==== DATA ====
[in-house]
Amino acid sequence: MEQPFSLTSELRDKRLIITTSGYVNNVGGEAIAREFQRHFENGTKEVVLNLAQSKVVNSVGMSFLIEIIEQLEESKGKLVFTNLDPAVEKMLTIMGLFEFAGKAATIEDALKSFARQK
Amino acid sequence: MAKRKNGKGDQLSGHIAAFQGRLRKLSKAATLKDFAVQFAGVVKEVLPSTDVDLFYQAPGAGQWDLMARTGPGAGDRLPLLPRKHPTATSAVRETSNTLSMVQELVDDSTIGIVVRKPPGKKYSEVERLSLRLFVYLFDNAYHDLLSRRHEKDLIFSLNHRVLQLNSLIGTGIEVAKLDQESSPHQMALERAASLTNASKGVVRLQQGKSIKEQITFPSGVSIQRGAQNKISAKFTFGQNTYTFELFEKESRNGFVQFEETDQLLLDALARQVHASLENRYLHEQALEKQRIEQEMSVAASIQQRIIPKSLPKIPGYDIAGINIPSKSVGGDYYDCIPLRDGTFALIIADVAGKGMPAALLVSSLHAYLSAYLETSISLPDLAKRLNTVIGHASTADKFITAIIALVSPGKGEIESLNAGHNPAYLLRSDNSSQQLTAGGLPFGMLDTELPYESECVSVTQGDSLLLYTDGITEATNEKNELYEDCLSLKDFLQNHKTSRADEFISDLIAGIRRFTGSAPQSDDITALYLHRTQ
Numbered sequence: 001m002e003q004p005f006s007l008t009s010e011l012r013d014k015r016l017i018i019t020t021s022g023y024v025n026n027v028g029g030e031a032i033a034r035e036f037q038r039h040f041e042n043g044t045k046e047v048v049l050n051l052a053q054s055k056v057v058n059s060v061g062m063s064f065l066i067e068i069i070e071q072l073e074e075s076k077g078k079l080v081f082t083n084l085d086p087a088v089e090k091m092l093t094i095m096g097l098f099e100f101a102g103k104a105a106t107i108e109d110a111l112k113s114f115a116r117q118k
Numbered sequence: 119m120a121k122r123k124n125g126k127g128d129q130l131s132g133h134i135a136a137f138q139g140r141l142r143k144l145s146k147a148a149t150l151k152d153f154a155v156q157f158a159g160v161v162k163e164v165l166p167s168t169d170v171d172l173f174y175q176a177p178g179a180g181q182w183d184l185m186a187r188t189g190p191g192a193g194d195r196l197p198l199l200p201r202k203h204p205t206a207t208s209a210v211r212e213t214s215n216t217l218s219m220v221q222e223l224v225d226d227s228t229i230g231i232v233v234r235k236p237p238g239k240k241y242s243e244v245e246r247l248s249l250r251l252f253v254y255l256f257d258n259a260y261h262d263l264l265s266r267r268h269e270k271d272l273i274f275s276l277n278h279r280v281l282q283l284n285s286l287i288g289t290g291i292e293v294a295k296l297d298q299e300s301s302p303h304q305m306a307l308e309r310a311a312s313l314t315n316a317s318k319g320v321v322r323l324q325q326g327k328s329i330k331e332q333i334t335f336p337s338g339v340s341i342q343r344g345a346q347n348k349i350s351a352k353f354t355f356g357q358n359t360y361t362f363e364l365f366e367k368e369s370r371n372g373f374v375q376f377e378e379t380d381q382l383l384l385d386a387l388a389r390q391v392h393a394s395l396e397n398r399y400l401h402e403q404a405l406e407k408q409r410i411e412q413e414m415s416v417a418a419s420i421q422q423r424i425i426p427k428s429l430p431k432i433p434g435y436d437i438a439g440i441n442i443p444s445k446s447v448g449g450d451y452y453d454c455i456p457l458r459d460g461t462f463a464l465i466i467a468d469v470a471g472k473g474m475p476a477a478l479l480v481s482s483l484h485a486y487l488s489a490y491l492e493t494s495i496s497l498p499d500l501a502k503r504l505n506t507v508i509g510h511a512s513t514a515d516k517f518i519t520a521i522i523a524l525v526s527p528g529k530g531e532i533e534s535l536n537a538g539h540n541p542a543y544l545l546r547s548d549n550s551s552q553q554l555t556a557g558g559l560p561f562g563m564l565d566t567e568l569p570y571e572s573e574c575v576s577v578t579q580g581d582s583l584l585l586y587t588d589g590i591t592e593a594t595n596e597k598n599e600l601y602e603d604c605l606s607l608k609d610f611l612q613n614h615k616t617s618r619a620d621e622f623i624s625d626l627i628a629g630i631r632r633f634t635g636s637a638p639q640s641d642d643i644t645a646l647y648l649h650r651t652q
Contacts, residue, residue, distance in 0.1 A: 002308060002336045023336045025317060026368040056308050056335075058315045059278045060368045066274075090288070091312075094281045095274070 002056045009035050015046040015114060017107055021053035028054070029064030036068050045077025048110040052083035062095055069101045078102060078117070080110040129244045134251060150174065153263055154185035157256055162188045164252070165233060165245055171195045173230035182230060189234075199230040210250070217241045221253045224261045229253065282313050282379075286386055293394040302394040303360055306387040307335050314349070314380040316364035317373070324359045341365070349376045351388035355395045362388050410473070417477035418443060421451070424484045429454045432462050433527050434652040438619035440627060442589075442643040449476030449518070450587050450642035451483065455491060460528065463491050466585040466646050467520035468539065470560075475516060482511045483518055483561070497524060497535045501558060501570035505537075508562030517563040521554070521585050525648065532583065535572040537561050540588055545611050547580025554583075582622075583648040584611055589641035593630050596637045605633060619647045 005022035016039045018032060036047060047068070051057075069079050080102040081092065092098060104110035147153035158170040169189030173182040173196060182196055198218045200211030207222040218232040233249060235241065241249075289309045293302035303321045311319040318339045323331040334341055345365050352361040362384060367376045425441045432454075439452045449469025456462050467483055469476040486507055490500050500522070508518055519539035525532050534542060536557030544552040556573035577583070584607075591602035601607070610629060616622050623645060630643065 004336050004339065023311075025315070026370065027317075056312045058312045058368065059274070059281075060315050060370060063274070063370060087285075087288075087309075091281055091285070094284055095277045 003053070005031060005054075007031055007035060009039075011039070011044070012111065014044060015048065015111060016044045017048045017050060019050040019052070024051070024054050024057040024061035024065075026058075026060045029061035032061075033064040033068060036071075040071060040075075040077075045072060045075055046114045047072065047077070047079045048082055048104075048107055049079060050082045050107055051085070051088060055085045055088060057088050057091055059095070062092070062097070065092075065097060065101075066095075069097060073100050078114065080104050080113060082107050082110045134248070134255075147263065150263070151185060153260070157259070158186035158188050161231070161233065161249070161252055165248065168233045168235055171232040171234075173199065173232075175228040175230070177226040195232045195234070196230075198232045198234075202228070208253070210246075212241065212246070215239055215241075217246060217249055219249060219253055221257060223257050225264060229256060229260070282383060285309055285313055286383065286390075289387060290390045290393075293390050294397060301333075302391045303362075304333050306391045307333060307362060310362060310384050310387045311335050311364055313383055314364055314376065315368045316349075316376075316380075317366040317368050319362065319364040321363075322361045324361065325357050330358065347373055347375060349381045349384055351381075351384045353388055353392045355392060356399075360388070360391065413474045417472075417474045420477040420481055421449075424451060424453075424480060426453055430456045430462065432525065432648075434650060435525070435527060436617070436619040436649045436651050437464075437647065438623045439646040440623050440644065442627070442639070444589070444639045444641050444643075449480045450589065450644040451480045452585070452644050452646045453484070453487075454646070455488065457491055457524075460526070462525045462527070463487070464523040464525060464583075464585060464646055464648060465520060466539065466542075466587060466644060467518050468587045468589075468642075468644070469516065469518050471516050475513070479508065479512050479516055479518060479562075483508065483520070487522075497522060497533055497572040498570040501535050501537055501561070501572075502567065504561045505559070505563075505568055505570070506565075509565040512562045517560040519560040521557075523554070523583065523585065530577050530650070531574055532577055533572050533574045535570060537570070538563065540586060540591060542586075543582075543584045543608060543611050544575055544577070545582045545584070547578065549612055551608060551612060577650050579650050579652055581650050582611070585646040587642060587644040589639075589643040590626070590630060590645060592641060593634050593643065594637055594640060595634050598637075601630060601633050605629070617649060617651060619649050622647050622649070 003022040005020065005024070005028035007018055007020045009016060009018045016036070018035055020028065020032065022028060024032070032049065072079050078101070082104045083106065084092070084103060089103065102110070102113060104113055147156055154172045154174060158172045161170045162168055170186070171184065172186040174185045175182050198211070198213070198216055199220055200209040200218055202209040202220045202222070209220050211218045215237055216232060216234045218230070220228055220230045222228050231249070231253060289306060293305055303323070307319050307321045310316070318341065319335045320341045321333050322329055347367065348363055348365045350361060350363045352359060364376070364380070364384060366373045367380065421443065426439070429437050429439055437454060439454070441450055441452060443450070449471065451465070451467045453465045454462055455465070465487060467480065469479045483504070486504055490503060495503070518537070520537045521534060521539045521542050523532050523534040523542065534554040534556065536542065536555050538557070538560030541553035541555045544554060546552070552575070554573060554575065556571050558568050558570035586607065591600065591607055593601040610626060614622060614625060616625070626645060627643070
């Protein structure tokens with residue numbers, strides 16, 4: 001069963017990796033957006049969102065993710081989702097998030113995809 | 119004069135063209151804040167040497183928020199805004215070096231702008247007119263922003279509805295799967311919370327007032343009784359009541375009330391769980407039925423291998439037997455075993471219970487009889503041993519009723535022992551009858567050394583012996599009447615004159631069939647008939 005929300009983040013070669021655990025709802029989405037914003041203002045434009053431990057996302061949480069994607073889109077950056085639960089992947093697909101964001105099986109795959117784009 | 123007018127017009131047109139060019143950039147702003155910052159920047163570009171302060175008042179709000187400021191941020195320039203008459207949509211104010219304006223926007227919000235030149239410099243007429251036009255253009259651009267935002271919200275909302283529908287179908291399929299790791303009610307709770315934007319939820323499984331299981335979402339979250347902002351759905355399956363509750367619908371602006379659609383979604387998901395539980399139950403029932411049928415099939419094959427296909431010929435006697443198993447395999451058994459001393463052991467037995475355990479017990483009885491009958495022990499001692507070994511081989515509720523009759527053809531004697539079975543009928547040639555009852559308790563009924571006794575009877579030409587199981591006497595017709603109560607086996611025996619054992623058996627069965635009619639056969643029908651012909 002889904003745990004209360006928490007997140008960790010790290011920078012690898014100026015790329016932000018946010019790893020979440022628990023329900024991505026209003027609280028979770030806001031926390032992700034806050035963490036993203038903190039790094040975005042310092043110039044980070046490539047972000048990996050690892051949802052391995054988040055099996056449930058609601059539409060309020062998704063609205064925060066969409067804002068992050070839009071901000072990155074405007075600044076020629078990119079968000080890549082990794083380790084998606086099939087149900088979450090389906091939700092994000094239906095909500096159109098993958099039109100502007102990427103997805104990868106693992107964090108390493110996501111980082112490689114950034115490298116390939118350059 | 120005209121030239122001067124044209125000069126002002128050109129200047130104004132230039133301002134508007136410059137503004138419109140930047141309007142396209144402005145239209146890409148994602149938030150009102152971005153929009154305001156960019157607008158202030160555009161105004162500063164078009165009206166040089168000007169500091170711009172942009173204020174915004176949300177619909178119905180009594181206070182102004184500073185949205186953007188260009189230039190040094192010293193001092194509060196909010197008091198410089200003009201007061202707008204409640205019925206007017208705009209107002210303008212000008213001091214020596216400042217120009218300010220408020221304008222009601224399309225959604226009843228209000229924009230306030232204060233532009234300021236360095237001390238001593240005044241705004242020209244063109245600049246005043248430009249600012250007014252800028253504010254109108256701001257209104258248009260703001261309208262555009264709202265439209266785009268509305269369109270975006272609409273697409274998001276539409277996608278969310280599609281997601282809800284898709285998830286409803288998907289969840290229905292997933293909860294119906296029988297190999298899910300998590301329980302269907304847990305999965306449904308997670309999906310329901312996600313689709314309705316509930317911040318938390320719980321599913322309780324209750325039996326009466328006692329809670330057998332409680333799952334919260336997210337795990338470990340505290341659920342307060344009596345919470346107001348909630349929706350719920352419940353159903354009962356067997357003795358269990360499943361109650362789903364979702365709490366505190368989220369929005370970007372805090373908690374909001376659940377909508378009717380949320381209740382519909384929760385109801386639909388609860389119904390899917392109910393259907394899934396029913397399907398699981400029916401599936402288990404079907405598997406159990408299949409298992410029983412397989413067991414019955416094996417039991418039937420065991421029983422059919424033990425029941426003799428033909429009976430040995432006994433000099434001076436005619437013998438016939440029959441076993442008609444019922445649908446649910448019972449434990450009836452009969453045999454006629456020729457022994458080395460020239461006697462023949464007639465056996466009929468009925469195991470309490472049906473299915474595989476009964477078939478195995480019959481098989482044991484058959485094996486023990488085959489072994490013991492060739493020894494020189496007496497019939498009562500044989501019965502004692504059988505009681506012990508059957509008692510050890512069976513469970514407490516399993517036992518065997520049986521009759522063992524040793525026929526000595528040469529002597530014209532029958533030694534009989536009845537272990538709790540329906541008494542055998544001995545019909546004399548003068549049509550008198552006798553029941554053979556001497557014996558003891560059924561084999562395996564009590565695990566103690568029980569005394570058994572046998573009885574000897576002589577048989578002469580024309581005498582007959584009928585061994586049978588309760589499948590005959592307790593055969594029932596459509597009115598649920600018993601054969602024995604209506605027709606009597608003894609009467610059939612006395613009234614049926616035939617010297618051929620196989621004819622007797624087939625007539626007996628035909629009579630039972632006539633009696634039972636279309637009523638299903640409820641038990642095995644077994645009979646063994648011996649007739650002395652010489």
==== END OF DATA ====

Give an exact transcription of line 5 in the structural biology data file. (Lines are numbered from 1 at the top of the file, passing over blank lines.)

Numbered sequence: 119m120a121k122r123k124n125g126k127g128d129q130l131s132g133h134i135a136a137f138q139g140r141l142r143k144l145s146k147a148a149t150l151k152d153f154a155v156q157f158a159g160v161v162k163e164v165l166p167s168t169d170v171d172l173f174y175q176a177p178g179a180g181q182w183d184l185m186a187r188t189g190p191g192a193g194d195r196l197p198l199l200p201r202k203h204p205t206a207t208s209a210v211r212e213t214s215n216t217l218s219m220v221q222e223l224v225d226d227s228t229i230g231i232v233v234r235k236p237p238g239k240k241y242s243e244v245e246r247l248s249l250r251l252f253v254y255l256f257d258n259a260y261h262d263l264l265s266r267r268h269e270k271d272l273i274f275s276l277n278h279r280v281l282q283l284n285s286l287i288g289t290g291i292e293v294a295k296l297d298q299e300s301s302p303h304q305m306a307l308e309r310a311a312s313l314t315n316a317s318k319g320v321v322r323l324q325q326g327k328s329i330k331e332q333i334t335f336p337s338g339v340s341i342q343r344g345a346q347n348k349i350s351a352k353f354t355f356g357q358n359t360y361t362f363e364l365f366e367k368e369s370r371n372g373f374v375q376f377e378e379t380d381q382l383l384l385d386a387l388a389r390q391v392h393a394s395l396e397n398r399y400l401h402e403q404a405l406e407k408q409r410i411e412q413e414m415s416v417a418a419s420i421q422q423r424i425i426p427k428s429l430p431k432i433p434g435y436d437i438a439g440i441n442i443p444s445k446s447v448g449g450d451y452y453d454c455i456p457l458r459d460g461t462f463a464l465i466i467a468d469v470a471g472k473g474m475p476a477a478l479l480v481s482s483l484h485a486y487l488s489a490y491l492e493t494s495i496s497l498p499d500l501a502k503r504l505n506t507v508i509g510h511a512s513t514a515d516k517f518i519t520a521i522i523a524l525v526s527p528g529k530g531e532i533e534s535l536n537a538g539h540n541p542a543y544l545l546r547s548d549n550s551s552q553q554l555t556a557g558g559l560p561f562g563m564l565d566t567e568l569p570y571e572s573e574c575v576s577v578t579q580g581d582s583l584l585l586y587t588d589g590i591t592e593a594t595n596e597k598n599e600l601y602e603d604c605l606s607l608k609d610f611l612q613n614h615k616t617s618r619a620d621e622f623i624s625d626l627i628a629g630i631r632r633f634t635g636s637a638p639q640s641d642d643i644t645a646l647y648l649h650r651t652q